Have you ever transposed a couple of characters when typing in a URL -- only to find yourself on an Internet site that you don’t recognize? I once made a "Fat Finger Mistake" while searching for an image. A terribly offensive collage of pictures appeared showcasing a subject matter not even remotely connected to the topic at hand. The following warning statement popped up:
“This page contains several images that may be offensive to some people. Please select one of the following options:
Yes -- these are the images I wanted to see. I'm cool.
NO! -- take me to a page filled with cute little kittens FAST.”
I selected the cute kittens. It was a brilliant move on the website's part because my feelings moved quickly from horror and disgust to “Awwww, they are so sweet!”
That Fat Finger Mistake was harmless but not ALL mistakes are cute:
Fat Finger points to U.S. stocks dive:
“The biggest intraday point drop ever for the Dow Jones Industrial Average may have been caused by an erroneous trade entered by a person at a big Wall Street bank - one that in turn triggered widespread panic-selling that wiped about $US 1 trillion ($1.1 trillion) from the collective value of US stocks.”
Last Friday (October 28, 2011) I apparently typed something other than “twitter.com” into the URL field. As I looked at the landing page I soon realized that it was a "Survey SPAM Trap". I was wise enough NOT to proceed but after I looked at it for a few moments I realized it was a great teaching tool chock full of lessons. Let’s break down this landing page into 7 zones and first examine how easy it is to be drawn into this never ending SPAM survey and then let's take a look at the 7 positive takeaways.
- General Appearance – This looks like a twitter page with: a similar background, same color scheme, text fields with the same shape and placement, and identical fonts. The only difference between a real twitter landing page and this Survey SPAM Trap's landing page is the URL. Who would think to double-check the URL when everything else looks so twitter-like, right? It is purposely deceptive.
- “You’ve been selected”-- Of all the millions of tweeters they want YOUR opinion because they value your advice. Makes you feel special, doesn’t it? A more truthful statement would be, “Based on your Fat Finger Mistake you’ve been selected to get drawn into a rabbit hole of some imaginary treasure that will always be within sight, but just out of reach.”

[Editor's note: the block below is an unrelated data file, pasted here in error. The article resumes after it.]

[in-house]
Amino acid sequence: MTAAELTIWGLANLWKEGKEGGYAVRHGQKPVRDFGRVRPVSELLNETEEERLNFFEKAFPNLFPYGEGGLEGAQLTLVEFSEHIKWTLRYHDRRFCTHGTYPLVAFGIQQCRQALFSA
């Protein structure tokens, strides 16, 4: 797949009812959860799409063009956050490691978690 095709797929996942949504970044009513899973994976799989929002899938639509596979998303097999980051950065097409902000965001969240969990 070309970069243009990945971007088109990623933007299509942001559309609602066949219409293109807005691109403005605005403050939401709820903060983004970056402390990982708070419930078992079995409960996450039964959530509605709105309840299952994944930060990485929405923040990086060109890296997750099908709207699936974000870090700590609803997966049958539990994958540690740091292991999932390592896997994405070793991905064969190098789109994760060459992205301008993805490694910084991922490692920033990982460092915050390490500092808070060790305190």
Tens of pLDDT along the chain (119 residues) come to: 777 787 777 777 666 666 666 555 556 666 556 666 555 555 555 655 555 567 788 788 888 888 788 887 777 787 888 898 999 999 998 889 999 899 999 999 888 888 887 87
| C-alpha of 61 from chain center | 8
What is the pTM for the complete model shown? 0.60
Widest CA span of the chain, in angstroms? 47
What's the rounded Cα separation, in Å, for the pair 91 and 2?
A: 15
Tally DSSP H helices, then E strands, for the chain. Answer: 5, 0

- “30 seconds” -- Even the busiest person has half-a-minute to spare.
- “Enhance user experience” – Not only will your experience be enhanced, but your valuable input will benefit others. It would be selfish for you NOT to contribute 30 seconds to the betterment of all tweeters.
- “Exclusive prizes” – These aren’t your everyday prizes for just anybody -- they're exclusive and special. Plus it’s always nice when a selfless act pays off.
- “October 28th” – Uh-Oh! You have a limited amount of time to complete this survey which will enhance everyone’s experience and culminate with you getting that exclusive prize.
- “Question 1 of 3” – Only 3 questions and you already know the first answer without even thinking. If all of the questions are this easy, it will only take you 10 seconds. So the survey won't waste your time or mental-bandwidth.
It's easy to justify continuing on with the survey by answering at least that first question. Fifteen minutes later you realize you've been duped.
If we remove the deceptive elements of this page, there are 7 positive lessons that can help you design an effective landing page and calls to action:
The photo "Halloween kitty licks her lips.."by abbamouseTake a moment to follow @kuno and @amystark on twitter.
- Keep the overall appearance simple and cater to the taste of your intended audience.
- Make people feel special. We are all individuals (just like snowflakes) and we want to be valued for what we bring to the table.
- Ask nicely for a payment of time with the intention of honoring the commitment.
- People want to help others. If their engagement on the landing page will help the greater good in even a small way it should be highlighted.
- Offer real value in return for their payment of time and personal information. Always under-promise and over-compensate.
- Post a time limit -- or constraints -- and mean it. Everyone is used to deadlines and it's an opportunity to build trust by keeping your word.
- Give an up-front contract and make it easy for your intended audience to complete the task at hand.